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Rise in Home Prices in 20 U.S. Cities Reflects Lean Inventory

Twenty-city property values index rose 5.9% from March 2016 (forecast 5.7%), matching February as biggest since July 2014.

(Bloomberg)—A larger-than-forecast increase in home prices in 20 U.S. cities in March underscores both steady demand and lean inventory, figures from S&P CoreLogic Case-Shiller showed Tuesday.

Highlights of Home Price Report (March)

20-city property values index rose 5.9% from March 2016 (forecast 5.7%), matching February as biggest since July 2014 National price gauge climbed 5.8% in the 12 months through March Seasonally adjusted 20-city index rose 0.9% from a month earlier (matching forecast)

Key Takeaway

Mortgage rates at a six-month low, along with a strong job market and healthier finances, are giving prospective buyers more wherewithal to make purchases. In addition to rising demand, persistent inventory shortages in the previously owned property market are also contributing to price gains. At the same time, wage growth has been slower to pick up than property values, representing a potential headwind to even faster price gains.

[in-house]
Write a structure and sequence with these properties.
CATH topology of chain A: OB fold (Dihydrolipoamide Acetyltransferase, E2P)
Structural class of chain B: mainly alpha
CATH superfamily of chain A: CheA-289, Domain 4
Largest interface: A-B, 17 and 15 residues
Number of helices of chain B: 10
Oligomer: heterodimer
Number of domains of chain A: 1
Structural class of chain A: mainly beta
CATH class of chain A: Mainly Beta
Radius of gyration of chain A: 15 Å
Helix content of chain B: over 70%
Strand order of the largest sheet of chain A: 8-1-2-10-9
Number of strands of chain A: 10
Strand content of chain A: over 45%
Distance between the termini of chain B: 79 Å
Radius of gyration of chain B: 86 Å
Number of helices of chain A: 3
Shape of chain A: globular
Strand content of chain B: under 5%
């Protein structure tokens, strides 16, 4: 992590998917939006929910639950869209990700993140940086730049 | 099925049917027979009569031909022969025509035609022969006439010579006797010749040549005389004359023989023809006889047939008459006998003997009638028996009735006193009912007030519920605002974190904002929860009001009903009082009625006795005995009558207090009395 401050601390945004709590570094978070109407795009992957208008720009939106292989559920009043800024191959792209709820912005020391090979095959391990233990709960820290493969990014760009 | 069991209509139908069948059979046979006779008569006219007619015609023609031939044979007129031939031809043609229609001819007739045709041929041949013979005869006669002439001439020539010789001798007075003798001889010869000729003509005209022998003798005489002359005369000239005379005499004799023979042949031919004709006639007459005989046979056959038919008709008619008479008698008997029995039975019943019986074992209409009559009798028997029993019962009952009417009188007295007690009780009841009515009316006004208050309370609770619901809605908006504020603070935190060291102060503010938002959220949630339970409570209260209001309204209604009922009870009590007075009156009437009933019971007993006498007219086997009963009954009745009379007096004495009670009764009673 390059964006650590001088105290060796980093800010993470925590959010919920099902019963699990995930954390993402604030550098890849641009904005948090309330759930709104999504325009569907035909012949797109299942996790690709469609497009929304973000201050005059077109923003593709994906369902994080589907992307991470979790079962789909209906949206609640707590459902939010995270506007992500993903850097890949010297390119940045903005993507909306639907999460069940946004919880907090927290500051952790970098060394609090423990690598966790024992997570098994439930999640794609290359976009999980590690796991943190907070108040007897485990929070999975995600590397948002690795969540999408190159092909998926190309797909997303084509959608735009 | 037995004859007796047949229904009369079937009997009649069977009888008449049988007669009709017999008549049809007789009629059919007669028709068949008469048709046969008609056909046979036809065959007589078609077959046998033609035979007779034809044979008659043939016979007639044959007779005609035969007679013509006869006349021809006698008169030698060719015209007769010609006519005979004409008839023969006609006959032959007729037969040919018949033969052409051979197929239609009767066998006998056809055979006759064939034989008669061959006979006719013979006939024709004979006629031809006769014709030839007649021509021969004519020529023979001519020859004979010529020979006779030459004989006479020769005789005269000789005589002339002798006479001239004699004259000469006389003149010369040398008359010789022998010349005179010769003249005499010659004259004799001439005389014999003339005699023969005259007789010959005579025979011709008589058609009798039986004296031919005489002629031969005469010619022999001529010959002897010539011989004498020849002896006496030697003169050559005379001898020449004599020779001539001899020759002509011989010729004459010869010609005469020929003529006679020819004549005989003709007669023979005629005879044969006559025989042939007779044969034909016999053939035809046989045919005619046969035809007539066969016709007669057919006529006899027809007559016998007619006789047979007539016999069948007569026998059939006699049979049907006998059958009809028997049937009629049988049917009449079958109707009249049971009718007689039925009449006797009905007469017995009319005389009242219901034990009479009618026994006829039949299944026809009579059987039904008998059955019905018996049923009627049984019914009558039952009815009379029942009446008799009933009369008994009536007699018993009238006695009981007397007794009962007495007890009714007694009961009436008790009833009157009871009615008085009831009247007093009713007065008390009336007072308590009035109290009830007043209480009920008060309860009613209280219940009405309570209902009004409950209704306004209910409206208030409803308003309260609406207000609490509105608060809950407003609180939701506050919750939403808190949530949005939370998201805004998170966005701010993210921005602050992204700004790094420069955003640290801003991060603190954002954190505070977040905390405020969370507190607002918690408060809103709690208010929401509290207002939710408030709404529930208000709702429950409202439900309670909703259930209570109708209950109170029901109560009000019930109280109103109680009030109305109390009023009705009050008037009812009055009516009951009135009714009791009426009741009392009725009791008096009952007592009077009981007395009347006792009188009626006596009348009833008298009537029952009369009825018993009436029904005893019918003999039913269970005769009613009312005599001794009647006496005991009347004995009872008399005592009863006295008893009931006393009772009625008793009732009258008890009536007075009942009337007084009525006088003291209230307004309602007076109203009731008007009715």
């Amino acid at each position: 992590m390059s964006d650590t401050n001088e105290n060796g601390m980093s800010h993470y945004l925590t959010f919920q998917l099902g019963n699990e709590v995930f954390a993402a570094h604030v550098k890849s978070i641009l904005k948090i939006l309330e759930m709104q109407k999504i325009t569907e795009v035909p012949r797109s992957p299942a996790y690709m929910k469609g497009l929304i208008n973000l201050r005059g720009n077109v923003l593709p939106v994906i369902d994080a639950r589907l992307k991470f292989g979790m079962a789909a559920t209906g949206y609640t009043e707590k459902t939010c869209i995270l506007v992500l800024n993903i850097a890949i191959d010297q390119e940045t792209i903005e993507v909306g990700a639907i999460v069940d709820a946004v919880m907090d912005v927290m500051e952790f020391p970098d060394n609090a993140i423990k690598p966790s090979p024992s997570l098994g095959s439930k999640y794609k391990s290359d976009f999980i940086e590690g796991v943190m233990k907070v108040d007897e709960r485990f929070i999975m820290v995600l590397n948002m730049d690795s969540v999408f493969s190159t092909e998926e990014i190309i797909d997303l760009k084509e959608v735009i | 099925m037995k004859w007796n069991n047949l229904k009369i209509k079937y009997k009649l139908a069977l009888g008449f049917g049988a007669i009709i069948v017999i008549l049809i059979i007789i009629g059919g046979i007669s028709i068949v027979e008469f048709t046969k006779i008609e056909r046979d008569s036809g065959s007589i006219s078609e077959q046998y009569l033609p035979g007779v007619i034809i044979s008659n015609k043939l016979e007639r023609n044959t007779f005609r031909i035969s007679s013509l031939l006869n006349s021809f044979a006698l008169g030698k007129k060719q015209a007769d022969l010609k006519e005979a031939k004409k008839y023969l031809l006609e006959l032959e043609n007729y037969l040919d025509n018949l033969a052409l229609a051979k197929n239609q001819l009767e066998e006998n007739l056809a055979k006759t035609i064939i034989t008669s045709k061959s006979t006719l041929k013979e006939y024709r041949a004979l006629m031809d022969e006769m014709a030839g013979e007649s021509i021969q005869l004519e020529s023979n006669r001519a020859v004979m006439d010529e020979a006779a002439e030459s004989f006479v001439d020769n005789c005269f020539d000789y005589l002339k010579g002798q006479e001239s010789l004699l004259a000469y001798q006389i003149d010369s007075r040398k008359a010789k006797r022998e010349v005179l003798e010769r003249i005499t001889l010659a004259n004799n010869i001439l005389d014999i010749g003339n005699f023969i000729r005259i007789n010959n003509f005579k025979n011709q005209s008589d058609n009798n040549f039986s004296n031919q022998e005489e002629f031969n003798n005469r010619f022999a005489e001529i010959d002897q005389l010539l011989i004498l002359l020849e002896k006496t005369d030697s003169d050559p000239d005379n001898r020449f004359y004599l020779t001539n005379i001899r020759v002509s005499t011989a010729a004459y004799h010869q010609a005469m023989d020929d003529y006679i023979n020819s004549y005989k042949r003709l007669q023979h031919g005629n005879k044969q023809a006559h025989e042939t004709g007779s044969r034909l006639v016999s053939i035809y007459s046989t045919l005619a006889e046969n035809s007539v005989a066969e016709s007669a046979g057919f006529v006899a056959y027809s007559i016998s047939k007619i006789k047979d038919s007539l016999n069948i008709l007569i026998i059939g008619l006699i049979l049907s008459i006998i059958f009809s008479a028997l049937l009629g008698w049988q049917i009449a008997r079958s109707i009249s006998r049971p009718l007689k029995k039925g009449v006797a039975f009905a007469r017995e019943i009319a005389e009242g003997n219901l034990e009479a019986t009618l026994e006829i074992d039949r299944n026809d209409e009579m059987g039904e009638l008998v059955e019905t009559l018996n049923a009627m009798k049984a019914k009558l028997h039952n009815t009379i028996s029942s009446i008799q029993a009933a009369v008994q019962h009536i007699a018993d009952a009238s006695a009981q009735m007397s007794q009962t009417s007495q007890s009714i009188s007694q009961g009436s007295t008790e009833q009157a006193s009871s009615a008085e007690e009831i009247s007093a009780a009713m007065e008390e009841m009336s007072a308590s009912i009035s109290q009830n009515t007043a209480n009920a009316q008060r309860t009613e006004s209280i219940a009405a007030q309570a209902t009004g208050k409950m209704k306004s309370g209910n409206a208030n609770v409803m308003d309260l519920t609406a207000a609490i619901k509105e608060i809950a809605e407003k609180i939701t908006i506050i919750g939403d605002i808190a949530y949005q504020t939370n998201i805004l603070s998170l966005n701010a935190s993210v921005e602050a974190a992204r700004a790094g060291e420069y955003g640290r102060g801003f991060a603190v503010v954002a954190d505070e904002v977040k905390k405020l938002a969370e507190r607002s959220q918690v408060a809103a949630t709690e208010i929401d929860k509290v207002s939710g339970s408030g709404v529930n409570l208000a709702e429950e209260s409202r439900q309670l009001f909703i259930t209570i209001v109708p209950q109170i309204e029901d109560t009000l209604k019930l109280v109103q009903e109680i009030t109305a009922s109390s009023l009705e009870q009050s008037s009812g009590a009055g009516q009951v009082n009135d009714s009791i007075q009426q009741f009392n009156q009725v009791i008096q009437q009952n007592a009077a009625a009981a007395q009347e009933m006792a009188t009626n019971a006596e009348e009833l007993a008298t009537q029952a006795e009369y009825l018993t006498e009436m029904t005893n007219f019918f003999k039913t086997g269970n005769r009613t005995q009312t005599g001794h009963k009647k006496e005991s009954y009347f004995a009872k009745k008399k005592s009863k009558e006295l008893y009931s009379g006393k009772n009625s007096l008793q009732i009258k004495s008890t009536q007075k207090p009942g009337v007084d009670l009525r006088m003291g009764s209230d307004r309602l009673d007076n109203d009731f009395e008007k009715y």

Economist Views

“While there is some regional variation, prices are rising across the U.S.,” David Blitzer, chairman of the S&P index committee, said in a statement. The gain reflected “unusually low inventory of homes for sale.” He said “there is no way to tell when rising prices and mortgage rates will force a slowdown in housing.”

Other Details

All 20 cities in the index showed year-over-year gains, led by a 12.3 percent increase in Seattle and a 9.2 percent advance in Portland, Oregon After seasonal adjustment, Minneapolis had the biggest month-over-month rise at 1.3 percent, followed by Detroit with a 1.2 percent increase  Home prices fell in Cleveland and Tampa, Florida, from the prior month

--With assistance from Jordan Yadoo.To contact the reporter on this story: Shobhana Chandra in Washington at [email protected] To contact the editors responsible for this story: Scott Lanman at [email protected] Vince Golle, Brendan Murray

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